Requirement 3: GUI Independence
Our solution needed to be able to handle any type of graphical user interface (GUI) technology written in any language—Motif, C#, and so on—and handle any type of third-party non-custom GUI control.
Many of the current vendor-provided AST tools depend on specific GUI technology. That means that if proprietary programming languages or third-party controls are used in the SUT GUI, the automated testing tool often isn't compatible, which presents automated testing problems. Our ATRT solution works by using VNC to interact with all the GUI elements of the SUT as images, independent of the GUI technology used.
Requirement 4: Tests Multiple Interface and Protocol Types
Our solution needed to be able to handle test operations on systems through their GUI but also should be able to handle operations on the system's backend (not through a GUI), such as various messages and other data being sent.
While our ATRT/VNC-based solution met the previously described GUI automation requirements well, our customer also needed to be able to test various backend (non-GUI) interfaces using various protocols. We couldn't find a vendor-provided solution that would support this requirement out of the box, so we had to develop an in-house solution for this backend "interface" testing.
This task was a more involved undertaking because we needed to understand the protocol requirements, which sometimes were proprietary, plus the makeup of the backend system. Our biggest challenge was the message data. Each SUT used a different protocol—including Transmission Control Protocol/Internet Protocol (TCP/IP), User Datagram Protocol (UDP), Common Object Request Broker Architecture (CORBA), proprietary, and more—and all used different message data formats. We developed an approach whereby all protocols and data could be tested via our ATRT framework, and thus our ATRT development effort was born.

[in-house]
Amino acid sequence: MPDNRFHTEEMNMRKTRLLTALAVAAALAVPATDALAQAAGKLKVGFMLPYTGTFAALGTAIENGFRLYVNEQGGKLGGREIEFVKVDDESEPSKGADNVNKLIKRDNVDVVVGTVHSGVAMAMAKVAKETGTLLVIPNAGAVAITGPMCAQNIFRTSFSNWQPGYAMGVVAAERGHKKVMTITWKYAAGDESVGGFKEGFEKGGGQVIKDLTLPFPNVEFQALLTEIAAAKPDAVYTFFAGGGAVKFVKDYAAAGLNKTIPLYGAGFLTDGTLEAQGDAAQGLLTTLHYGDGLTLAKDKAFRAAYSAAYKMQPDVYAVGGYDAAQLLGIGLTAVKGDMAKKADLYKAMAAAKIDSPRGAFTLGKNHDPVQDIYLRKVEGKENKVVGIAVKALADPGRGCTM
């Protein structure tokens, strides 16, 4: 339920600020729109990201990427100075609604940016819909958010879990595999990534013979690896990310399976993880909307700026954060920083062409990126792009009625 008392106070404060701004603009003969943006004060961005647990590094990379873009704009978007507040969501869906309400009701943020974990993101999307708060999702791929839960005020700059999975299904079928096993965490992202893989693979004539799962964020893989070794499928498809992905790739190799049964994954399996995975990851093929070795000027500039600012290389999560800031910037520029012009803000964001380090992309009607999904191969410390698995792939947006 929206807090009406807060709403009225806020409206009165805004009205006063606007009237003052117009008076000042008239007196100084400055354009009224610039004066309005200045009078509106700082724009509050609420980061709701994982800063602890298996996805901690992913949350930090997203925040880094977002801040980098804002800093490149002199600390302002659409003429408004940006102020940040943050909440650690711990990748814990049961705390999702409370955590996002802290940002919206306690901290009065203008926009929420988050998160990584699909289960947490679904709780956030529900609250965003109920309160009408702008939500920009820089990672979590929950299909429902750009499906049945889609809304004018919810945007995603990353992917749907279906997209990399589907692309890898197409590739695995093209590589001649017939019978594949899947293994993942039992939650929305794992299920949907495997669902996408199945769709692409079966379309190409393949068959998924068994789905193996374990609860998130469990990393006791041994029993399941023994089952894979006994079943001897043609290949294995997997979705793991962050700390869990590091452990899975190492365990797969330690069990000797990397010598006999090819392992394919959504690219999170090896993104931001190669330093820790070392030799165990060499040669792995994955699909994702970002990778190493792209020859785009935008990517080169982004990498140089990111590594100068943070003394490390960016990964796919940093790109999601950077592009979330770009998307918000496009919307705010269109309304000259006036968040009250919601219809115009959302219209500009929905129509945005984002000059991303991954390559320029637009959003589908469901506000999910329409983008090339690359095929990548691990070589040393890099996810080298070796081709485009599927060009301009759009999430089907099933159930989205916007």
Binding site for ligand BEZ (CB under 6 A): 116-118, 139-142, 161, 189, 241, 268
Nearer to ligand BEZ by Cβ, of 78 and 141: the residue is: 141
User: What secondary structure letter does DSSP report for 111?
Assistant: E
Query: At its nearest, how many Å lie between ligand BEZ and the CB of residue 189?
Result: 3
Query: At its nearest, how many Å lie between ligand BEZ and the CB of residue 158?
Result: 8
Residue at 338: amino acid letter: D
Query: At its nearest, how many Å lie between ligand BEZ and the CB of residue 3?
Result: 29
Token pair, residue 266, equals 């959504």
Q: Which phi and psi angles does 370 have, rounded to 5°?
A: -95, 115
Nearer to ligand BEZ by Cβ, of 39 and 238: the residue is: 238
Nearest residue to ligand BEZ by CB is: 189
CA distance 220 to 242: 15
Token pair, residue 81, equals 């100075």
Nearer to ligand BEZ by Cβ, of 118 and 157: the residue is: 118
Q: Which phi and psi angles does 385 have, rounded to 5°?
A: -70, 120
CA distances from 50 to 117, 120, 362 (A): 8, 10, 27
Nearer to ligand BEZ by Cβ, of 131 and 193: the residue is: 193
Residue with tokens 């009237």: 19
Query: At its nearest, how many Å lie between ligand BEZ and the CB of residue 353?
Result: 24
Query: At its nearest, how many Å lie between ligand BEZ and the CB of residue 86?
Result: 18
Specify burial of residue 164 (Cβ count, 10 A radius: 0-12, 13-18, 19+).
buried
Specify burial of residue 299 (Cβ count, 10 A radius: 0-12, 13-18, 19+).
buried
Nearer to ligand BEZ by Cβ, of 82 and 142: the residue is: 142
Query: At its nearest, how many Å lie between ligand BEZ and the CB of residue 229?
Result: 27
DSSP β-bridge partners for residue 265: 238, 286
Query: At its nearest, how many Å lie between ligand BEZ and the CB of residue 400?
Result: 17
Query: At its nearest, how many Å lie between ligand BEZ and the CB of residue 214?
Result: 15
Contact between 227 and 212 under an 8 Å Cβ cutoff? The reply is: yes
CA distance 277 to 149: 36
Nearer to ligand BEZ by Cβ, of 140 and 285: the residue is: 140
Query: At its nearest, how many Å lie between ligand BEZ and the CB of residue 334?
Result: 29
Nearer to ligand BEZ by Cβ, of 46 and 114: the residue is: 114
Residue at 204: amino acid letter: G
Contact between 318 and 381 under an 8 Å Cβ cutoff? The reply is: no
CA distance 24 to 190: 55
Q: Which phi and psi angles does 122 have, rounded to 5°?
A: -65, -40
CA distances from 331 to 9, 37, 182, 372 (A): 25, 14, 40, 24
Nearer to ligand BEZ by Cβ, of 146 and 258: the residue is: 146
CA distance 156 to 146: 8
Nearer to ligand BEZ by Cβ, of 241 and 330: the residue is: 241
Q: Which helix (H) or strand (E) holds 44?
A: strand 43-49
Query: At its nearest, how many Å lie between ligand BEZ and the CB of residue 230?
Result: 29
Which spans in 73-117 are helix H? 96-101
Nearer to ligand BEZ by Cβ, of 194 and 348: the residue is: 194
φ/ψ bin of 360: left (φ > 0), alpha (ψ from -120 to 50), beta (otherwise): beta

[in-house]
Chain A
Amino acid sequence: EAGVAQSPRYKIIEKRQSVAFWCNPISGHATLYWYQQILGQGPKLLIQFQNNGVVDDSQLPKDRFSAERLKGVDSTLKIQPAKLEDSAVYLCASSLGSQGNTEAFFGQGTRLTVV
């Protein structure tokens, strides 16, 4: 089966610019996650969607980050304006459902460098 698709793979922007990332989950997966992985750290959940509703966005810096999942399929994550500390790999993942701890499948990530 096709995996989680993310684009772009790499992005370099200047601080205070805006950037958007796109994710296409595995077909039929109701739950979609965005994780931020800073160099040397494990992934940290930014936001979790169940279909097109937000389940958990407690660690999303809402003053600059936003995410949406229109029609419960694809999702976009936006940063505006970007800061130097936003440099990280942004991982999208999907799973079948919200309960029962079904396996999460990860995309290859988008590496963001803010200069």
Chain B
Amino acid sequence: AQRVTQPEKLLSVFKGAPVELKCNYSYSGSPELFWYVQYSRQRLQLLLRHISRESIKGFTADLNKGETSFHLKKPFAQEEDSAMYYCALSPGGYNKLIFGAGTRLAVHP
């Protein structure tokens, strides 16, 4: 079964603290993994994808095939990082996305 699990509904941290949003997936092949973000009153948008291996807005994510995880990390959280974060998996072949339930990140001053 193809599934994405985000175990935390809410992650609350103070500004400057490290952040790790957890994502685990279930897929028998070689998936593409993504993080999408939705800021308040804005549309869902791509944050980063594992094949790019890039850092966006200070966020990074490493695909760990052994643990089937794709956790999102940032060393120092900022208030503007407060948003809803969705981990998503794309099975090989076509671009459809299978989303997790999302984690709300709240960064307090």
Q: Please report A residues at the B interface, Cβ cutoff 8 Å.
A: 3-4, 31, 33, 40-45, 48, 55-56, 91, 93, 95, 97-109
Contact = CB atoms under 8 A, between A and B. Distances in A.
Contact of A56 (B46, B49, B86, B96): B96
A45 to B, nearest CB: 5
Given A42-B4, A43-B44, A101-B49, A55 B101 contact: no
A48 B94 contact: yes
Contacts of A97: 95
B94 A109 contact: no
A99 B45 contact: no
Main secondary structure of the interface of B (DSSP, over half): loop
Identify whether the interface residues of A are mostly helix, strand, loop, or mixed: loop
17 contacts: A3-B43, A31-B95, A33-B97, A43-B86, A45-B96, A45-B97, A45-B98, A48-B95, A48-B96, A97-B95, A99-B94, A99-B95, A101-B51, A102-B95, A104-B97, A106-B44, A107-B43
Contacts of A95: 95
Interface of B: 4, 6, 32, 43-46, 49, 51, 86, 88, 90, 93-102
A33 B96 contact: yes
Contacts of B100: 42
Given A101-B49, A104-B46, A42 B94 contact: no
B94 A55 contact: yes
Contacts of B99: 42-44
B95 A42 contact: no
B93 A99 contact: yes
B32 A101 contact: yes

We decided to use the open source Eclipse development environment. We chose the Eclipse rich client platform because ATRT could simply expand on the base environment to allow for configurability/extensibility via a powerful plug-in framework, which allowed us to integrate various plug-ins into that framework. Various new feature sets and tools can be integrated, and plug-ins can be added, removed, or modified easily through the Eclipse framework. (See the next section for more on plug-ins.)
Eclipse provides design elements that have to be considered for the various features required when developing and adding to an automated testing framework. Eclipse is an open source community whose projects are focused on building an open development platform comprising extensible frameworks and tools for building, deploying, and managing software across the lifecycle. A large and vibrant ecosystem of major technology vendors, innovative startups, universities, research institutions, and individuals extend, complement, and support the Eclipse platform. Eclipse is much more than just a Java integrated development environment (IDE).
The exciting thing about Eclipse is that many people are using Eclipse in many ways. The common thread is that they are building innovative, industrial-strength software and want to use great tools and frameworks to make their job easier.
Eclipse comes bundled with a plug-in development environment (PDE), which itself is a plug-in that streamlines plug-in development. Because the Eclipse framework is written in Java, the plug-in code ideally is written in Java as well. Other languages can be used in the plug-in development, but that approach would limit the multiplatform support you get with Java.
We created an Eclipse extension point that defines an interface for our framework, giving the framework user a method to interact with an external tool in a standard way. Support for various protocols was developed, and ATRT can now test message data sent over TCP/IP, UDP, CORBA, proprietary, and many other protocols.